After the death of Henry Rhodes, Jr., Elizabeth Ward Rhodes marries John Nichols, Sr., of New Hanover County, NC.

Notably, the contributions of the Onslow County militia that included both Henry Rhodes, Jr. and James Madison Foy, Sr. was honored by a visit of General George Washington on his Southern Tour in the spring of 1791. From the Commonwealth of Onslow – A History: “Through Virginia into North Carolina in his chariot of State, drawn by four horses, Washington came, passing through Halifax, Tarboro and New Bern.


George Washington
Battle of Monmouth

The Presidential Party reached Onslow April 22, 1791, entering the county from Shines (Old Comfort) through what is now Richlands (but then not even a house) on to Chapel Run, where he found a store, a chapel and an ordinary (inn)” (Brown).

In Excerpts from Colonists of Carolina Washington “spent the night at Shine’s Inn, the guest of Captain Daniel Shine and Barbara Franck Shine; took breakfast at Averitte’s, near Rich-lands; dinner (lunch) at Captain James Foy’s on Hick’s Run; and spent the night at Sage’s Ordinary on the southern line of the county.”

From Washington’s own account under date the Saturday, April 23, 1791, he writes: “Breakfast at one Everetts 12 M.—Bated at a Mr. Foy’s 12 M. farther and lodged at one Sages’ 20 M. bey’d it, all indifferent houses.”

After reaching Wilmington on Sunday, April 24, 1791, Washington wrote down his observation of the landscape: “The whole road from New Berne to Wilmington (except in a few places of small extent) passes through the most barren country I ever beheld; especially in parts nearest the latter which is no other than a bed of white sand. In places however before we come to these, if the idea of poverty could be separated from the sand, the appearance of it are agreeable, resembling a lawn well covered with evergreens, and a good verdure below from a broom of course grass which having sprung since the burning of the woods had a neat and handsome look, especially as there are parts entirely open, and others with ponds of water which contributed not a little to the beauty of the scene” (Brown).

George Washington Among His Slaves

Absent from the local pages of most early colonial history is the mention of slavery. George Washington was bequeathed his first enslaved persons at the age of 11. By the time of his death, Washington’s estate in Virginia was comprised of 318 enslaved men, women and children.  

In 1790, the First Census of the United States lists the state of Virginia as holding 292,627 persons in bondage out of a total population of 747,610; thus, 39% of the population was enslaved.  Comparatively, the state of North Carolina held 110,572 persons in bondage out of a total population of 393,751, or 25%.

In 1790, the enslaved population of Onslow County, North Carolina, was 32%, well above the state average. By 1830, the enslaved population of Onslow County had increased to 40%.

Census Year Total White Free Colored Slaves
1790 5387 3555 84 1748
1830 7814 4569 101 3144

The Foys of Onlsow and Craven Counties were the owners of a significant number of enslaved persons. Records indicate that in 1789, Thomas Foy, Sr., bequeaths a number of his enslaved to brother, James Madison Foy, Sr:

“Item. I Give & Bequeath to my Brother James Foy the Negroes following Namely Joe Jacob & Ned, also Sall & her children Viz: Anthony & Cato, Sue & her children Viz: Dick & Sarah, Mull & her children Viz: Primus Jude and Ceasar, Ruth & her children Viz: George Miriam Joe & Charles, also Robin, Moll & Rana To him his Heirs & Assigns for ever -”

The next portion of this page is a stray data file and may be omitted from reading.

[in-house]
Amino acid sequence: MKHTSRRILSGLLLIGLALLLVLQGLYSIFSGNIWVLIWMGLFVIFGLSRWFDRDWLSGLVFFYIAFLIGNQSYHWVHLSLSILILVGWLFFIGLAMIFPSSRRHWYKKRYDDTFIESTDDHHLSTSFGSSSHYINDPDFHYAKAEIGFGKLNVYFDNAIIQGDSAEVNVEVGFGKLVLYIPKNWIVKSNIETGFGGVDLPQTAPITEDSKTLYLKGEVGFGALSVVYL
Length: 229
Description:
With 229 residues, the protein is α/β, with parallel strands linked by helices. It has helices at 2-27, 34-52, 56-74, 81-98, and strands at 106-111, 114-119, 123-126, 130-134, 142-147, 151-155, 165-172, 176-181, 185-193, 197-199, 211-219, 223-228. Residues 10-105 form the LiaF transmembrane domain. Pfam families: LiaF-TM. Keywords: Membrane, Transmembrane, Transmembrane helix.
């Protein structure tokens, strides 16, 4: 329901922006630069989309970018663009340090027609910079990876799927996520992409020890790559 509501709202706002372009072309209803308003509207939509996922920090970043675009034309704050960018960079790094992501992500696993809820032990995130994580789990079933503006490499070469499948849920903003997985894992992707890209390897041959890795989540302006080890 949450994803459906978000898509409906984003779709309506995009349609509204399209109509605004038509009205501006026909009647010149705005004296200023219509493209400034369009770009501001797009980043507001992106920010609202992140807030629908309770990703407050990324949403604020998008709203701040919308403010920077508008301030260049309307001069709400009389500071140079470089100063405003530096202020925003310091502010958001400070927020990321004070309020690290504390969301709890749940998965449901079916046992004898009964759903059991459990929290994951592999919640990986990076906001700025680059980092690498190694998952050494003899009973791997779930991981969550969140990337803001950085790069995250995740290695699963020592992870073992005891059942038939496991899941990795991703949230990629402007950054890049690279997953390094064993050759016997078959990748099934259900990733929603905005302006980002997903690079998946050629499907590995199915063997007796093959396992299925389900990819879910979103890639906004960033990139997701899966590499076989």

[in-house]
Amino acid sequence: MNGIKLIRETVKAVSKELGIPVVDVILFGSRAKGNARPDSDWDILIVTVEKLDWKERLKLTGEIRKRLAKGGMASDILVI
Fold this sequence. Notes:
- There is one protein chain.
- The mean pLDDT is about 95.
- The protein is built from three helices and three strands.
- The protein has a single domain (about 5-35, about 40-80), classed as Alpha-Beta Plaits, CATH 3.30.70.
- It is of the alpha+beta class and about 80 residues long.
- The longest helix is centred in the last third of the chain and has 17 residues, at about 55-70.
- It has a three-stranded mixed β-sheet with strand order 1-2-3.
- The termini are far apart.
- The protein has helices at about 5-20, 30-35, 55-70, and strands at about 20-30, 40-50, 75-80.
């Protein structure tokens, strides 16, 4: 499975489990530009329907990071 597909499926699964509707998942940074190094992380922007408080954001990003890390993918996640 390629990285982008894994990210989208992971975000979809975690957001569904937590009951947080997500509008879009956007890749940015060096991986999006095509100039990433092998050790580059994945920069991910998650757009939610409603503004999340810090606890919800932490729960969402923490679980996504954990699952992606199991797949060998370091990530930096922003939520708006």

The names of several of these enslaved resurface in the will of James Madison Foy, Sr., below.

From 1793-1795, James Madison Foy, Sr. was the mail contractor from New Bern to Wilmington, a distance of 100 miles, from which he got $500 per year – a Foy postal tradition that continued for several generations.

James Madison Foy, Sr. and second wife, Elizabeth Ward, had the following children, most born at the family plantation, “Sugar Maple,” near Hick’s Run, Onslow County:

(1) James Madison Foy, Jr., born in Onslow County, Sugar Maple Plantation, in 1772; died at New Topsail Sound, New Hanover County, on March 14, 1823; married Henrietta Rhodes (born April 4, 1777; died April 9, 1840), youngest daughter of Colonel Henry Rhodes, Jr., and had six children.

(2) Thomas Foy, born in Onslow County, 1774; died March 23, 1800 in Jones County at the age of 26.

(3) Enoch Foy, born in Onlsow County, Sugar Maple Plantation, on May 17, 1777; died in Jones County in October 1842; married four times and had fifteen children.

(4) Serena Foy, born in Onslow County, Sugar Maple Plantation, on February 16, 1780; married first to Jeremiah Spicer and married second to Jacob Golden, Innkeeper, Captain of Onslow Regiment of Militia in 1812 and Postmaster of Golden Place, Onlsow County. She died October 6, 1844, Onslow County.

(5) Lewis Alexander Foy, born in Onslow County, 1782; lived in Jones County, mentioned as cripple in 1819 and died December 15, 1851 at the age of 69.

(6) Frederick Foy II, born in Onslow County, Hicks Run, March 18, 1785 and died at the age of 48 in Onslow County on September 20, 1833; he was married twice and had seven children.

(7) Elizabeth (Betsey) Foy, born in Onlsow County in 1789; died 1839; married Robert B. Nixon.

(8) Joshua Foy, born in Onslow County, Sugar Maple Plantation, in 1786; died there December 15, 1851; married twice and had nine children.

(9) Thomas Foy, born in Onslow County; died at his plantation in Jones County of a severe fit of cholic March 1800; married in Onslow County September 1796 to Margaret Dudley.

(10) Morris Foy, born in Onslow County, Sugar Maple Plantation, in 1791; married several times, moved to Louisiana, and died May 4, 1864, New Hanover County, age 73.

(11) Hester Foy, born in Onslow County, Sugar Maple Plantation, in 1793. She was disinherited; married Durant H. Rhodes and died at the age of 36 in 1829.

In 1817, James Madison Foy, Sr., owns a sizable number of enslaved men, women and children and bequeaths them accordingly in his will, as follows: